MAY & JUNE: KING SALMON AND HALIBUT are abundant at this time (and continue to be so through September!) We have the driest and sunniest weather this time of year as well.
JULY 1: Dude Fishing starts
EARLY AUGUST: Cohos start to get big!
SEPTEMBER: Coho numbers peak in late August to early September… but the fish just keep getting bigger!

Samon fishing in Alaska aboard the Highliner

We have the finest, best equipped boats in the area! We have 5 boats ranging from 30 to 50 feet. Typical is the “Highliner” pictured above, which was built for us by Little Hoquiam Boats in 2007, it is 32′ long and 12′ wide. The extra width allows our guests to walk completely around the cabin to battle big king salmon and halibut. The Highliner features a heated cabin, covered back deck, air-ride seats, sophisticated electronics, and a stand-up head. The twin 250 hp Suzuki outboards are quiet, smoke and odor free, and push the boat to a 25 knot cruise, with a top speed of over 40 knots! All of our boats have radar, global positioning chart plotters, color video sounders and electric down riggers.

We fish no more than four guests to a boat, (except on the “Burning Daylight” our 50′ Delta pictured below which we fish no more than six), unless you want to put a larger group together on one of the smaller boats


What sets us apart from other Lodges? The Fishing!
(ok, other things that set us apart)

  • Location: We are strategically located very near the ocean…no wasted time traveling long distances to fish. “Closest to the Fish!” NOT… “Closest to the Clients!
  • Location: We fish very close to shore when we are in the ocean where we have considerable protection from wind and sea. We are NOT restricted from fishing in calm inside waters very near the ocean as Sitka is.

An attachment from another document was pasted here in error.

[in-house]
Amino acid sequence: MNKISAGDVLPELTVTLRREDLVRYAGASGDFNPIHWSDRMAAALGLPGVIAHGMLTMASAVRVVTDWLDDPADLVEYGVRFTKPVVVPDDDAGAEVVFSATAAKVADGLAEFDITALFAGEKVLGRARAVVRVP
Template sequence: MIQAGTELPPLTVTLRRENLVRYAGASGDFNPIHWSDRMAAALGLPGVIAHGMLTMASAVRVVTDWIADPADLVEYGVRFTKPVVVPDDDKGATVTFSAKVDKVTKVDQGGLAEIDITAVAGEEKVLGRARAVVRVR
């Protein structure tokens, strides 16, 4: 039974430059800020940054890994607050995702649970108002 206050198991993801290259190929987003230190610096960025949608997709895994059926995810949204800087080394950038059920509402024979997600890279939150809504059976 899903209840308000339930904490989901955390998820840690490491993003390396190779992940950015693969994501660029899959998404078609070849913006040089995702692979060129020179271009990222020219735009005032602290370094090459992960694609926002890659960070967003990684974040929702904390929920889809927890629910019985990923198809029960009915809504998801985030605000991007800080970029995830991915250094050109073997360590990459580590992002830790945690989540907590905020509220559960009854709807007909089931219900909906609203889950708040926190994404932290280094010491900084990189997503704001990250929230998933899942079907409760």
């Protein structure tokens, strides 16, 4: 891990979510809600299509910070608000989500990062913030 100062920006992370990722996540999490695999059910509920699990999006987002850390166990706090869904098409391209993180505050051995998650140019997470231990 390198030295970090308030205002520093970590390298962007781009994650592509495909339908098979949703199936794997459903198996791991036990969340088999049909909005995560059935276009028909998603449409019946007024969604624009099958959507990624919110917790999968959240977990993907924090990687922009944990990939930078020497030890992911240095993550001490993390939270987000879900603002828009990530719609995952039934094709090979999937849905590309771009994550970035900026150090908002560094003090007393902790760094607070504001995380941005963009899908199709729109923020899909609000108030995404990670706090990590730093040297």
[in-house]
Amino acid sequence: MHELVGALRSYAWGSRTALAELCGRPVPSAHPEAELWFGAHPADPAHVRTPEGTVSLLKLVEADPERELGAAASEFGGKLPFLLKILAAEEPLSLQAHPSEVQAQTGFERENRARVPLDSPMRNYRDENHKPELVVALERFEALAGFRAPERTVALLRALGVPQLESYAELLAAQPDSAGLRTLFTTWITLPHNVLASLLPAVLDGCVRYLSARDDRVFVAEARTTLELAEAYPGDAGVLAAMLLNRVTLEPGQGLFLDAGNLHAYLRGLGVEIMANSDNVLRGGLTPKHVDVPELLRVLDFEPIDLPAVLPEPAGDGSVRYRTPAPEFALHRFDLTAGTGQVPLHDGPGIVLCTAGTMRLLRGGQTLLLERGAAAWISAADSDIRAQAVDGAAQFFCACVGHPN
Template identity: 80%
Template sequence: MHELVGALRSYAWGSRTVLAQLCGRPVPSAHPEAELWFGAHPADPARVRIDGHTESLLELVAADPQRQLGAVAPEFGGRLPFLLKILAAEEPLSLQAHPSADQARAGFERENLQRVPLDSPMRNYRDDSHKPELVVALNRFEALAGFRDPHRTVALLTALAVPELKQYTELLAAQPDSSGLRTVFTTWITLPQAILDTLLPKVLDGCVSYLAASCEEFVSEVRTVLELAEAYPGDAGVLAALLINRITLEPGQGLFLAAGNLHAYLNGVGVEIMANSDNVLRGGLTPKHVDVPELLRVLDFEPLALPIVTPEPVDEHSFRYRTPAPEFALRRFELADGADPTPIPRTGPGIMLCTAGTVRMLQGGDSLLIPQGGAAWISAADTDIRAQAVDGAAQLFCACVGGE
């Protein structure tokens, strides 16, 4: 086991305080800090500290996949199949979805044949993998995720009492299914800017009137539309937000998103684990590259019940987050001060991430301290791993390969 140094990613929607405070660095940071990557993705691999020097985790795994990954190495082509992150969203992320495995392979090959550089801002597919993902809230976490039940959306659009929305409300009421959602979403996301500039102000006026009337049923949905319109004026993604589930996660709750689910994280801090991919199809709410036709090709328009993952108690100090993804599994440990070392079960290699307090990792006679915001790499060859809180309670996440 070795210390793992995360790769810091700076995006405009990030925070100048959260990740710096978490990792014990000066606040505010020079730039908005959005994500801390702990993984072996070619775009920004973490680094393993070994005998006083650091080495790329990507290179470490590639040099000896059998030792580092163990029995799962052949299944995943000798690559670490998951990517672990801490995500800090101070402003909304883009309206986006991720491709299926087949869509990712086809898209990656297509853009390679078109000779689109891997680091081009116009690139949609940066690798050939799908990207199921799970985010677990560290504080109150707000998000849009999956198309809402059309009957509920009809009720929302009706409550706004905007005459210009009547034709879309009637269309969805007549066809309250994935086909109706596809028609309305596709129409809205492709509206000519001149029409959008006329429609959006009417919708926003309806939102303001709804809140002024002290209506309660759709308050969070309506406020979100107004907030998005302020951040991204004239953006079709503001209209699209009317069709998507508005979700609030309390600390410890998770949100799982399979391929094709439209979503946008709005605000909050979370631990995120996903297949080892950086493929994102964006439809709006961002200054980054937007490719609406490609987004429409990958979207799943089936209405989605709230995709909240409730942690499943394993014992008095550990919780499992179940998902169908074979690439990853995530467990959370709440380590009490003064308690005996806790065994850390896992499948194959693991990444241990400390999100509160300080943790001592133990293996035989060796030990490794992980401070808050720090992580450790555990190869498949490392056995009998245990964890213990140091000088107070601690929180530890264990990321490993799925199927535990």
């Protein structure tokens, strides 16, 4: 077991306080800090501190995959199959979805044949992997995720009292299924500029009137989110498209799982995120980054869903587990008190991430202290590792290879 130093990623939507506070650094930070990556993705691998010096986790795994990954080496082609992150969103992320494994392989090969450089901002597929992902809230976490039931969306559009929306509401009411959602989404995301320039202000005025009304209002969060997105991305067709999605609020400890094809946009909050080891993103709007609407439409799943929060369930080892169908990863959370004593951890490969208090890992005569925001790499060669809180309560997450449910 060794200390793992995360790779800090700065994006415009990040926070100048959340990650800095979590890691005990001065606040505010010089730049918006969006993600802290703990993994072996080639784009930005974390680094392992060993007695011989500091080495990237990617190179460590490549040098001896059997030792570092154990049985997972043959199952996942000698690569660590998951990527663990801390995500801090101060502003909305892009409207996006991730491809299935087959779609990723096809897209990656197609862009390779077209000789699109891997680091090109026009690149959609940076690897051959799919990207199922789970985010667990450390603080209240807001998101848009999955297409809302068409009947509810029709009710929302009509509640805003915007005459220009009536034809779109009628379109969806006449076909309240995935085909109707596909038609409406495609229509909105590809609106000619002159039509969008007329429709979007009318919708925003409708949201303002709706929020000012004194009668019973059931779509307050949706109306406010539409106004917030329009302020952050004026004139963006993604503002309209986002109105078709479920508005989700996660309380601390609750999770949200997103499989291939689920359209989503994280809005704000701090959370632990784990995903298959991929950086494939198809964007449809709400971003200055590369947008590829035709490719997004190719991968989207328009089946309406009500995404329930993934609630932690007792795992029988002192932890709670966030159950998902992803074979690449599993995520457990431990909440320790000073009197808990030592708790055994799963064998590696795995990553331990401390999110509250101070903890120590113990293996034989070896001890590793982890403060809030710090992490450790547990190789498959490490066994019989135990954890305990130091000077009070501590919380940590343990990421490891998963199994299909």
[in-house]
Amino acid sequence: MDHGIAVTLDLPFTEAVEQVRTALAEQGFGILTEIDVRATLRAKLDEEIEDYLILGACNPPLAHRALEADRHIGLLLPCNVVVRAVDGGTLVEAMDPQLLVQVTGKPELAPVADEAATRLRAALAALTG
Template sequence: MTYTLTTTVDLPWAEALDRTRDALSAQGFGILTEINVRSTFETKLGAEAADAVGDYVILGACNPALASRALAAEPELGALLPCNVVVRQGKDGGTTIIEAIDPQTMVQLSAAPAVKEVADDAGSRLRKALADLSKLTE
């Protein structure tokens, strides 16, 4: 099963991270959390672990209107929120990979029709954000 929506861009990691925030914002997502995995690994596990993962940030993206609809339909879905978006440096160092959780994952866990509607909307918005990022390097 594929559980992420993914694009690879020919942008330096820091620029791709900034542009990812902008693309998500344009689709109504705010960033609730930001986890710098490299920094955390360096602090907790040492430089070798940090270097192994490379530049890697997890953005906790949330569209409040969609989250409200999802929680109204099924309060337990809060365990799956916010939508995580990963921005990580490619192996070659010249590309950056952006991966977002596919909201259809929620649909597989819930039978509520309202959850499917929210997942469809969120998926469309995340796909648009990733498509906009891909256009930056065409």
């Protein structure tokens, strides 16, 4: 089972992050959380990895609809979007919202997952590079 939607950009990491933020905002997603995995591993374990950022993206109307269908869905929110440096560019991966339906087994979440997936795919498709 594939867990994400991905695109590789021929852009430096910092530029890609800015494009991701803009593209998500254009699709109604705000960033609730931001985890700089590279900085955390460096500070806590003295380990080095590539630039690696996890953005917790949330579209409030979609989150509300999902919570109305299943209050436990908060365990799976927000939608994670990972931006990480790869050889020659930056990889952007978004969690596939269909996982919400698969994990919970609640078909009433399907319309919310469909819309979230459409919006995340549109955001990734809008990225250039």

• Location: We are far from Juneau and Sitka and their cruise ships and hundreds of competing charter boats. Our fishing grounds are uncrowded and unexploited!
  • Scale of operation: 12 to 22 guests at the Lodge fishing at a time (although we can accommodate groups up to 32).
  • We maintain a four guest limit per boat insuring you the best fishing opportunity. (except on the 50′ Delta Charter boat where the limit is 6)
  • We offer an authentic Alaskan environment, far from the beaten path, taking you back to Alaska’s pioneering days.
  • We professional care of your fish: stunning, bleeding, cleaning, icing, vacuum packing and blast freezing for optimum quality.
  • We are family owned and operated.

If you’re after the fish, you won’t be disappointed! For objective reasons, location and competition being paramount, you are in the best possible location!


Between 1982 and 2001, the number of charter fishing boats in southeast Alaska increased from 139 to 1,343! Maybe this is why the fishing hasn’t been so good at the place you have been going to. Too many fishermen… too few fish!

“Where do you get your information? How do I know that it is reliable?”

All of my data is taken from the Alaska Dept. of Fish & Game (ADF&G) or the National Marine Fisheries Service (NMFS) websites.

This is where you can find current fishing reports and current Harvest/Effort Statistics. Click on the links below to see the Harvest/Effort Stats for the individual areas for the years 2011 – 2014 (these sites change all the time and the links may not always get you exactly where the information was when I wrote this page… but it is buried somewhere on the site).

Yakutat, Haines/Skagway, Juneau, Sitka (Pelican), Petersburg/Wrangell, Ketchikan, Prince of Wales Island


Call toll free 877-386-0397